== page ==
Rising With the Weather

Rising With the Weather lesson plan

Research the science and safety of hot air balloons then create a painting of yourself rising up in a colorful hot air balloon.

  • 1.

    Find information about how hot-air balloons fly by doing research in books and electronically. Observe a flight. Talk with passengers and crew. Research information on how various types of weather affect air currents. How is hot air created to keep the balloon afloat? What safety precautions are essential?

  • 2.

    Cover a table top with recycled newspaper. With Crayola® Washable Paint and Paint Brushes, paint a hot-air balloon, with yourself as a passenger in the basket.

  • 3.

    Add pattern and color to decorate the balloon and basket. Show weather in which it is safe to fly. Dry on a flat surface.

Standards

  • LA: Read with sufficient accuracy and fluency to support comprehension.
  • LA: Compare and contrast the most important points and key details presented in two texts on the same topic.
  • LA: Read and comprehend informational texts, including history/social studies, science, and technical texts, at the high end of the grade level text complexity band independently and proficiently.
  • LA: Engage effectively in a range of collaborative discussions (one-on-one, in groups, and teacher-led) with diverse partners on grade 3 topics and texts, building on others’ ideas and expressing their own clearly.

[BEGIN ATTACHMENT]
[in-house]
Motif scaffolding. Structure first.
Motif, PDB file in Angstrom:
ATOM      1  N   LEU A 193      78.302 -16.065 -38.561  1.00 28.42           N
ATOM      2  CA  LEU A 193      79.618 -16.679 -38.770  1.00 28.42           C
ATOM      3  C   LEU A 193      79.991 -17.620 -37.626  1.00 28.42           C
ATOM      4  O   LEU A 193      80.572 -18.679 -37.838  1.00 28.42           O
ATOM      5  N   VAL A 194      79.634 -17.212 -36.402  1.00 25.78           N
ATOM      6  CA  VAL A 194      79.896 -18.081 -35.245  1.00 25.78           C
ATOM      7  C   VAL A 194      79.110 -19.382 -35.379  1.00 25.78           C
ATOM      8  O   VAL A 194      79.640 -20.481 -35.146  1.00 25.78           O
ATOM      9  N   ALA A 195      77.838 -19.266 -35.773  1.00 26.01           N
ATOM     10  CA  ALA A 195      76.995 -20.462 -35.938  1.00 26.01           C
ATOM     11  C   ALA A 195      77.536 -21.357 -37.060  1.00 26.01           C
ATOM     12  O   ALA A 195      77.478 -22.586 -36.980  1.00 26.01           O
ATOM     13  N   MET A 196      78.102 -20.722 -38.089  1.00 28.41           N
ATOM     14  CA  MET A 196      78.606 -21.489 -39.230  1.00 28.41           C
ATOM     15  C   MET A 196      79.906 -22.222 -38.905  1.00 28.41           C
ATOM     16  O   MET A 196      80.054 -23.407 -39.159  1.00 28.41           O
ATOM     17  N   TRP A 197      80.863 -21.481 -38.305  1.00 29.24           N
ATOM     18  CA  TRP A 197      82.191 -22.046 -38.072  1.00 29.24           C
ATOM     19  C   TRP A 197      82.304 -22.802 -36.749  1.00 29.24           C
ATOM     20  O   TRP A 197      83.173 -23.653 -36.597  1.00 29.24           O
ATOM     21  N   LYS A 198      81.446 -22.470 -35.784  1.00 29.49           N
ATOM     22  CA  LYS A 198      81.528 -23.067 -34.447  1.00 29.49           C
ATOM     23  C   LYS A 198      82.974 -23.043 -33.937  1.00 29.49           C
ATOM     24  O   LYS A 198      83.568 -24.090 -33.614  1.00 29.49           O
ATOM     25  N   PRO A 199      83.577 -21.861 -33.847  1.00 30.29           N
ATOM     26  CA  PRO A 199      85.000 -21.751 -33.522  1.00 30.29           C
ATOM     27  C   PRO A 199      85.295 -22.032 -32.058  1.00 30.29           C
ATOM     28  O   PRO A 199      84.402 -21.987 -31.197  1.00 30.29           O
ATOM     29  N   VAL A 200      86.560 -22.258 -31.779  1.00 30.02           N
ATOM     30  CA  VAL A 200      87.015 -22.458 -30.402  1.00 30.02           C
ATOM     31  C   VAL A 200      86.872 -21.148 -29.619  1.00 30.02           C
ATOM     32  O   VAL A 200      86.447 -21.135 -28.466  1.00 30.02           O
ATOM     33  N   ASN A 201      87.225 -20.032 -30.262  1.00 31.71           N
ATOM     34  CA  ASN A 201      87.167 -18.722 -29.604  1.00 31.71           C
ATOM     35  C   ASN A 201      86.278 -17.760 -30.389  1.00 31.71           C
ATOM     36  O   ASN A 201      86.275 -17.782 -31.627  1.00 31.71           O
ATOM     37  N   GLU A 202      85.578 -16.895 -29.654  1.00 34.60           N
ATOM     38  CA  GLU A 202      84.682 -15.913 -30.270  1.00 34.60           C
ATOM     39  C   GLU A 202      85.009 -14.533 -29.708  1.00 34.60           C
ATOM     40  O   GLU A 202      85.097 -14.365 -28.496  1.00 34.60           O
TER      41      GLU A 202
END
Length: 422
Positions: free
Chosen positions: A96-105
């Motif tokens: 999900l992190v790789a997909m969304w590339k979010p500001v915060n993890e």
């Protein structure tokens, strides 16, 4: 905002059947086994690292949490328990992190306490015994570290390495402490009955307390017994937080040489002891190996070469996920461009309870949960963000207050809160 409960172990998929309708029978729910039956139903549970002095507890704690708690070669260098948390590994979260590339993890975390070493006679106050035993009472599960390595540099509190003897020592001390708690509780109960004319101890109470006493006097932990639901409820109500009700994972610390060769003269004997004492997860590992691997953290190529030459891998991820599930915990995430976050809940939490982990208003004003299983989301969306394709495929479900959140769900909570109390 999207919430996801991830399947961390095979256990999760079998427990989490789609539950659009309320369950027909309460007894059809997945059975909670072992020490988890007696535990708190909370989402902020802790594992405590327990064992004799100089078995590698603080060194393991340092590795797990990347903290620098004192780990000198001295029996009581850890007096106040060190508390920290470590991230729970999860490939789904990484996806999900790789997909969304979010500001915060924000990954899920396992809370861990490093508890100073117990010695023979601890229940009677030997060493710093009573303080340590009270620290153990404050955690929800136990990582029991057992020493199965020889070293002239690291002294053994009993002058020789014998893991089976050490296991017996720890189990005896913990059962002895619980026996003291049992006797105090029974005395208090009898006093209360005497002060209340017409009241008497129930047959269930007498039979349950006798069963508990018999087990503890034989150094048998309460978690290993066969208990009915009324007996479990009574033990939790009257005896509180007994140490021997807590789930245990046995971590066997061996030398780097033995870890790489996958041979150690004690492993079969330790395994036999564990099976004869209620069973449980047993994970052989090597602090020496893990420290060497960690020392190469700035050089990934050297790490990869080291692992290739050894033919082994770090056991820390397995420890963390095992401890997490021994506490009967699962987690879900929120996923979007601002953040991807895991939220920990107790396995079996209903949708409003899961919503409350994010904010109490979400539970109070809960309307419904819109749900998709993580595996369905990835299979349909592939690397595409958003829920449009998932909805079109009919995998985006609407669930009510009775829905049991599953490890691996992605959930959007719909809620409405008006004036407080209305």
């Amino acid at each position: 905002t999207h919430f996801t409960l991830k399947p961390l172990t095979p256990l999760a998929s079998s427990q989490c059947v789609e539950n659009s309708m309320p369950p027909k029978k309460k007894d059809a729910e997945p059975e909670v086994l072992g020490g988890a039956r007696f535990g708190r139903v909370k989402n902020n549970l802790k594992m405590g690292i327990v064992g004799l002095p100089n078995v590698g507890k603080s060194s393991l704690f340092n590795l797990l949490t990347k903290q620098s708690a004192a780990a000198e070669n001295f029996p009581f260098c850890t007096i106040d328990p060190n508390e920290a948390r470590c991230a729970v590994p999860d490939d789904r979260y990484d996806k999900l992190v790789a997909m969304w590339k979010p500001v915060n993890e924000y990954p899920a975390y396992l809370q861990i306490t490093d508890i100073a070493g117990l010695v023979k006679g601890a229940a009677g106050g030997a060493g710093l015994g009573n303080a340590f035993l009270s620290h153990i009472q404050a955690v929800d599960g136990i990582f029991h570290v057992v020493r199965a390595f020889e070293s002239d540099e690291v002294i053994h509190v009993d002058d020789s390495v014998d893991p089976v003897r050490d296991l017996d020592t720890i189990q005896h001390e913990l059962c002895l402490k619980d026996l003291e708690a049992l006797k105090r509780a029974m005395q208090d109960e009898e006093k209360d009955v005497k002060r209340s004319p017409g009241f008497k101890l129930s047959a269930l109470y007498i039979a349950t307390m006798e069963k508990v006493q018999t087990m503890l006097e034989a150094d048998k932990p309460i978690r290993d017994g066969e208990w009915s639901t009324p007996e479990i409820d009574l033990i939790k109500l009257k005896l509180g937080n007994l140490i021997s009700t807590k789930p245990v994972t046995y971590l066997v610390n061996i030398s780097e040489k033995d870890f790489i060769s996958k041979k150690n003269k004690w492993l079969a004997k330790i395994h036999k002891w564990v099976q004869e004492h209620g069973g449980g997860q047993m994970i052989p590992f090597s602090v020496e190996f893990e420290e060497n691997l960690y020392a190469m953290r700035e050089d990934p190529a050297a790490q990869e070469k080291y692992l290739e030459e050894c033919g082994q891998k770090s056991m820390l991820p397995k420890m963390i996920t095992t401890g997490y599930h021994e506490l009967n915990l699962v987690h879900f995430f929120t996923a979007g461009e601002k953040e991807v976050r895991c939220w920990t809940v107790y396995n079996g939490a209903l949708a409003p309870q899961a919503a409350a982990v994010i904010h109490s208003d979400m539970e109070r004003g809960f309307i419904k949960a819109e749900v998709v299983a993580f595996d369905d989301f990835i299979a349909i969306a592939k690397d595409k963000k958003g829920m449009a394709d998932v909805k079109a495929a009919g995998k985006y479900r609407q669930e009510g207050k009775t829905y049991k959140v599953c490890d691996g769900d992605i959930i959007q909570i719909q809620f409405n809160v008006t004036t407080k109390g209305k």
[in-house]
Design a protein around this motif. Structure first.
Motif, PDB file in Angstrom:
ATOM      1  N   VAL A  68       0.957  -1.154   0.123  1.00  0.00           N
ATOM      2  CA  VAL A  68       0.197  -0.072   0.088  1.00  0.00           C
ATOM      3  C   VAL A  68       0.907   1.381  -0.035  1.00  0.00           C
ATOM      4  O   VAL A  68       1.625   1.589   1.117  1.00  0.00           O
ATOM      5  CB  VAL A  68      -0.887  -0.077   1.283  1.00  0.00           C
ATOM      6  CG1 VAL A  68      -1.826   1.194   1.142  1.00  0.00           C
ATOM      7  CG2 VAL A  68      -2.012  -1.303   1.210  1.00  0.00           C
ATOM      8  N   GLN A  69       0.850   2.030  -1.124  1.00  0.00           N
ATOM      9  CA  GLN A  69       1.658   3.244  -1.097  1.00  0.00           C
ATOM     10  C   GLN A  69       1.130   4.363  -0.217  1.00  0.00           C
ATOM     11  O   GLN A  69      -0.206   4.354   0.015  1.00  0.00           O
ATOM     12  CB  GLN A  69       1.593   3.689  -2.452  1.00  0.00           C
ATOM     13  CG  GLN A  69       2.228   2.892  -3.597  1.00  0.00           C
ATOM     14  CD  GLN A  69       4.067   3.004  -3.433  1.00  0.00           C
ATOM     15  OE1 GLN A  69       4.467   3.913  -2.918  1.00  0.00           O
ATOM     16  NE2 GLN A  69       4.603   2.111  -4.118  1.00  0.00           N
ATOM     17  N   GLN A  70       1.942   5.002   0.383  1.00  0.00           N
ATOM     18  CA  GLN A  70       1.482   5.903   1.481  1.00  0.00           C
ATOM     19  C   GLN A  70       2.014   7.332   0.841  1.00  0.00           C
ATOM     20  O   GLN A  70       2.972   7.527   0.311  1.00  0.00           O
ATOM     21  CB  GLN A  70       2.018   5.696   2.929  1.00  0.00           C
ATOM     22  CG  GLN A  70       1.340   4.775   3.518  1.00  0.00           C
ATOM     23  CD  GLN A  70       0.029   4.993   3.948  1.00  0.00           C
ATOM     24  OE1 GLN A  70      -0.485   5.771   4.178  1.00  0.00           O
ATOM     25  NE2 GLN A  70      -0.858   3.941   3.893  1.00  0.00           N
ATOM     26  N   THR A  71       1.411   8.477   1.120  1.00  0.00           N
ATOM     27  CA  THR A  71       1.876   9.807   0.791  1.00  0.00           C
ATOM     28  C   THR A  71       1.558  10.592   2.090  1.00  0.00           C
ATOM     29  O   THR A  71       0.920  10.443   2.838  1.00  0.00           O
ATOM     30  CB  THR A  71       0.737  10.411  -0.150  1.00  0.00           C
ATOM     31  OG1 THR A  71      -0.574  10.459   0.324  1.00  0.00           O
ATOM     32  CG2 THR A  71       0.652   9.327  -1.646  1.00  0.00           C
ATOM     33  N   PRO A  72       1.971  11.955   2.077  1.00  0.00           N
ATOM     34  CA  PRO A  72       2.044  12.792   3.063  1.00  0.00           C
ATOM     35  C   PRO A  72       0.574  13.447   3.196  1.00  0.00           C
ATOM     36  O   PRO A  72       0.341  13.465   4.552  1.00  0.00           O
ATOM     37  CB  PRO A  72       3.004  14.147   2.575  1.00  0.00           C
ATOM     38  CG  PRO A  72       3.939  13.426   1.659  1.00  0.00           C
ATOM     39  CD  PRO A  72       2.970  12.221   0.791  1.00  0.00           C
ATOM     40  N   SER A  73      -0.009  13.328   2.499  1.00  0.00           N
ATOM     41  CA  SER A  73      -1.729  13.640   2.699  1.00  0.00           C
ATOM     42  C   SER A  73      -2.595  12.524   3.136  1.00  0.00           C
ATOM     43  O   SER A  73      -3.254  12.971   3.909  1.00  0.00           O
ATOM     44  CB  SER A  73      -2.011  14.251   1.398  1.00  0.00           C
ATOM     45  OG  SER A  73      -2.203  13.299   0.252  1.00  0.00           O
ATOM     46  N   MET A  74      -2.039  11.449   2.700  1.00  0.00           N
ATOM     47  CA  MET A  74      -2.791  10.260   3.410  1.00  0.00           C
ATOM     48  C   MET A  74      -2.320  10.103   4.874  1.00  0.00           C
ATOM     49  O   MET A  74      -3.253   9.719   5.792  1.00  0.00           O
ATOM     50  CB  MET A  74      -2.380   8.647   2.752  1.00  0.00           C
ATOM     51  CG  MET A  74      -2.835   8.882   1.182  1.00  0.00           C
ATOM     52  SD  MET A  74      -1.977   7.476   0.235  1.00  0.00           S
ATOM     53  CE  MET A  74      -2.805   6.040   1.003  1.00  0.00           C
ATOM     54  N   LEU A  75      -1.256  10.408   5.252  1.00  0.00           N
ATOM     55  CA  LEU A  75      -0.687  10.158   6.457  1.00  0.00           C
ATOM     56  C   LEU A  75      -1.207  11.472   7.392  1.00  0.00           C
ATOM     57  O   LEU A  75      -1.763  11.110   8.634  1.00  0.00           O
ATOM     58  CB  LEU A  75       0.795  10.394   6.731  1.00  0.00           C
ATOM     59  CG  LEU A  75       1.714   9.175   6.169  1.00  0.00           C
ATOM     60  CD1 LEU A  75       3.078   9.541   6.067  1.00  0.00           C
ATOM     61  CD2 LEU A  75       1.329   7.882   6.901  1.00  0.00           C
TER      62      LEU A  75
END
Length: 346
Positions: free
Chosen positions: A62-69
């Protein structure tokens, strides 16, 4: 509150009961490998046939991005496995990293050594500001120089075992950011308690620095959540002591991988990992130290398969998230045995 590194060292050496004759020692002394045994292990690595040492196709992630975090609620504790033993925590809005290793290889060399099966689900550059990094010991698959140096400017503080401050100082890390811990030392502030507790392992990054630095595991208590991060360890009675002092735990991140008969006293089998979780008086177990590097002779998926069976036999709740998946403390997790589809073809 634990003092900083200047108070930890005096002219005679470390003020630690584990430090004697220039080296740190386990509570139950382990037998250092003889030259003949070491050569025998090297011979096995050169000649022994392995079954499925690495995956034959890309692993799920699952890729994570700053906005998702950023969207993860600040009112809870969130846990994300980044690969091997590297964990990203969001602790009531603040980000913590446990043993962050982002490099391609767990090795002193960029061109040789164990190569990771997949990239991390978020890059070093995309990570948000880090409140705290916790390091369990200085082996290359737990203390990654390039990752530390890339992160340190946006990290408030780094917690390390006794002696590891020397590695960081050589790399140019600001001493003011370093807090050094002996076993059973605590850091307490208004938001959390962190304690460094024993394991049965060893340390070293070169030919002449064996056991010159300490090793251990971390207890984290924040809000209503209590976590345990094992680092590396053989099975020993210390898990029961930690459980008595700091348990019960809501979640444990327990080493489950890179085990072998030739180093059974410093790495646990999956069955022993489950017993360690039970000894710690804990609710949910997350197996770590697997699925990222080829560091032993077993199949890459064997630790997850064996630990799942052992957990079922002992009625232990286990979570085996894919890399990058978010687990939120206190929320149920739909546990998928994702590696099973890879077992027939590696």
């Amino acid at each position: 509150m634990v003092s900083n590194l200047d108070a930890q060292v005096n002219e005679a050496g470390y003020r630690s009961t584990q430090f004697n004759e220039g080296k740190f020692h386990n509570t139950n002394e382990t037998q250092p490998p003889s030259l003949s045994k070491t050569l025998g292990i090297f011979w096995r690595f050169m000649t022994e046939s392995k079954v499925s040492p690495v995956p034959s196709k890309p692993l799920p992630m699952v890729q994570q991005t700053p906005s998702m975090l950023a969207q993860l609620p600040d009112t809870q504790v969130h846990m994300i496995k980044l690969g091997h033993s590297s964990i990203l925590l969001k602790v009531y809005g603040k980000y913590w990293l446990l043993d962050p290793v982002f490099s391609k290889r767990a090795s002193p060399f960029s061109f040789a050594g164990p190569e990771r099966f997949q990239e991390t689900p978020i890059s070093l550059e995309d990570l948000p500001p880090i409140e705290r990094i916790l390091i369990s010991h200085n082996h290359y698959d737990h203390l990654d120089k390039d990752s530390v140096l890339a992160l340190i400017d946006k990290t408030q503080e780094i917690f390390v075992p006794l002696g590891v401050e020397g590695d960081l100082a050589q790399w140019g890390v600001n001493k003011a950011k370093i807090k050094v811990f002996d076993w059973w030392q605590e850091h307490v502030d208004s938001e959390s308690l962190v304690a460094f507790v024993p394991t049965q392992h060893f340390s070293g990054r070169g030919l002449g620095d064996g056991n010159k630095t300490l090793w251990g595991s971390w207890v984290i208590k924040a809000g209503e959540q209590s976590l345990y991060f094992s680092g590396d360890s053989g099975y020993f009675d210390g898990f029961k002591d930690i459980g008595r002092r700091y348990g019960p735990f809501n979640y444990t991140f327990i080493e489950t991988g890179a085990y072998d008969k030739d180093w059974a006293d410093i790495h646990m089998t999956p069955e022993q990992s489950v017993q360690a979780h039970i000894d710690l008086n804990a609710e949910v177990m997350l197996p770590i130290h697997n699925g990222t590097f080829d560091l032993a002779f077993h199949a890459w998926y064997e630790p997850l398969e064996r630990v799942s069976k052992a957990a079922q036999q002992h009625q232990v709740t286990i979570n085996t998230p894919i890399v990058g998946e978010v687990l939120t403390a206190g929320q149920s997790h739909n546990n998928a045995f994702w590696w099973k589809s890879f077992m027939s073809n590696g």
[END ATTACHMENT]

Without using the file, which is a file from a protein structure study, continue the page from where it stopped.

• MATH: Generate a number or shape pattern that follows a given rule. Identify apparent features of the pattern that were not explicit in the rule itself.
  • SCI: Use mathematics and computational thinking to observe and record local weather data over time using standard units.
  • SCI: Analyze and interpret weather data to identify day-to-day variations as well as long-term patterns
  • SCI: Obtain and evaluate information about a variety of weather-related hazards that result from natural processes, as well as their environmental and societal impacts.
  • VA: Use different media, techniques, and processes to communicate ideas, experiences, and stories.
  • VA: Use visual structures of art to communicate ideas.
  • VA: Select and use subject matter, symbols, and ideas to communicate meaning.

Adaptations

  • Possible classroom resources include: Hot Air: The (Mostly) True Story of the First Hot-Air Balloon Ride by Marjorie Priceman; A Rainbow Balloon by Ann Lenssen; Hot Air Balloons by Ailsa Spindler
  • Students investigate the patterns of hot air balloons. Identify how often the pattern tessellates. Students design original patterns for their hot air balloons.
  • Investigate safety precautions that should be taken when flying in a plane. Compare and contrast safety precautions for flying in a plane with traveling in a hot air balloon.
  • Invite a balloon enthusiast to speak with the class about his hobby. Prior to the meeting, students make a list of topics they would like addressed during the talk. After the visit, students post learning to a class blog.